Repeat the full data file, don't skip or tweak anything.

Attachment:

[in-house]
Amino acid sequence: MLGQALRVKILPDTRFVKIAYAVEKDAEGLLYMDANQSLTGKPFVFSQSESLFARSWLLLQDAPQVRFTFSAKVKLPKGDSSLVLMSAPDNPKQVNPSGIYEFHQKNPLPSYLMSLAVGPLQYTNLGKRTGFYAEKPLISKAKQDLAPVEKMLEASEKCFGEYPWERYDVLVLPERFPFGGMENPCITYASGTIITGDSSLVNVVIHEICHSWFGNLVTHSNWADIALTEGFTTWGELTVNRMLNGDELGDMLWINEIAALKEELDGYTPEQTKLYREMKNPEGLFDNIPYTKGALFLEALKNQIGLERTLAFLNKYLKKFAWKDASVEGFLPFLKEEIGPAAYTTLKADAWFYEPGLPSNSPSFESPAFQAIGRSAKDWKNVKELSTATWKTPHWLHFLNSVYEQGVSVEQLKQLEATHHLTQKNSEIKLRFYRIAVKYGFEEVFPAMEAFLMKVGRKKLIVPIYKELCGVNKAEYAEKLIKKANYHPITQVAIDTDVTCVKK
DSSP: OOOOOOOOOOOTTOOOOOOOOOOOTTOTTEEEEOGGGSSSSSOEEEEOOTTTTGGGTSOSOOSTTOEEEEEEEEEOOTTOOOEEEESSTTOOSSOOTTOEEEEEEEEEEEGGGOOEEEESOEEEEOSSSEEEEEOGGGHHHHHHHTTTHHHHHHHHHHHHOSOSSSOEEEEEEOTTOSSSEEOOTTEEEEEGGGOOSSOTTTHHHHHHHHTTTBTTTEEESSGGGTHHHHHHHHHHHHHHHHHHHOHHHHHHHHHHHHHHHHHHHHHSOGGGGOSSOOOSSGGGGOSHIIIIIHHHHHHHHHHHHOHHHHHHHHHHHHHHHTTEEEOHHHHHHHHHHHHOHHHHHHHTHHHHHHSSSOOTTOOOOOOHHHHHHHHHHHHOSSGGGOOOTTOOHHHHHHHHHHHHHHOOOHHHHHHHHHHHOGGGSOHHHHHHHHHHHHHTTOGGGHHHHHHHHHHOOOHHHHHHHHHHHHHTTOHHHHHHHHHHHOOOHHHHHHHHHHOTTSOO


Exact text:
[in-house]
Amino acid sequence: MLGQALRVKILPDTRFVKIAYAVEKDAEGLLYMDANQSLTGKPFVFSQSESLFARSWLLLQDAPQVRFTFSAKVKLPKGDSSLVLMSAPDNPKQVNPSGIYEFHQKNPLPSYLMSLAVGPLQYTNLGKRTGFYAEKPLISKAKQDLAPVEKMLEASEKCFGEYPWERYDVLVLPERFPFGGMENPCITYASGTIITGDSSLVNVVIHEICHSWFGNLVTHSNWADIALTEGFTTWGELTVNRMLNGDELGDMLWINEIAALKEELDGYTPEQTKLYREMKNPEGLFDNIPYTKGALFLEALKNQIGLERTLAFLNKYLKKFAWKDASVEGFLPFLKEEIGPAAYTTLKADAWFYEPGLPSNSPSFESPAFQAIGRSAKDWKNVKELSTATWKTPHWLHFLNSVYEQGVSVEQLKQLEATHHLTQKNSEIKLRFYRIAVKYGFEEVFPAMEAFLMKVGRKKLIVPIYKELCGVNKAEYAEKLIKKANYHPITQVAIDTDVTCVKK
DSSP: OOOOOOOOOOOTTOOOOOOOOOOOTTOTTEEEEOGGGSSSSSOEEEEOOTTTTGGGTSOSOOSTTOEEEEEEEEEOOTTOOOEEEESSTTOOSSOOTTOEEEEEEEEEEEGGGOOEEEESOEEEEOSSSEEEEEOGGGHHHHHHHTTTHHHHHHHHHHHHOSOSSSOEEEEEEOTTOSSSEEOOTTEEEEEGGGOOSSOTTTHHHHHHHHTTTBTTTEEESSGGGTHHHHHHHHHHHHHHHHHHHOHHHHHHHHHHHHHHHHHHHHHSOGGGGOSSOOOSSGGGGOSHIIIIIHHHHHHHHHHHHOHHHHHHHHHHHHHHHTTEEEOHHHHHHHHHHHHOHHHHHHHTHHHHHHSSSOOTTOOOOOOHHHHHHHHHHHHOSSGGGOOOTTOOHHHHHHHHHHHHHHOOOHHHHHHHHHHHOGGGSOHHHHHHHHHHHHHTTOGGGHHHHHHHHHHOOOHHHHHHHHHHHHHTTOHHHHHHHHHHHOOOHHHHHHHHHHOTTSOO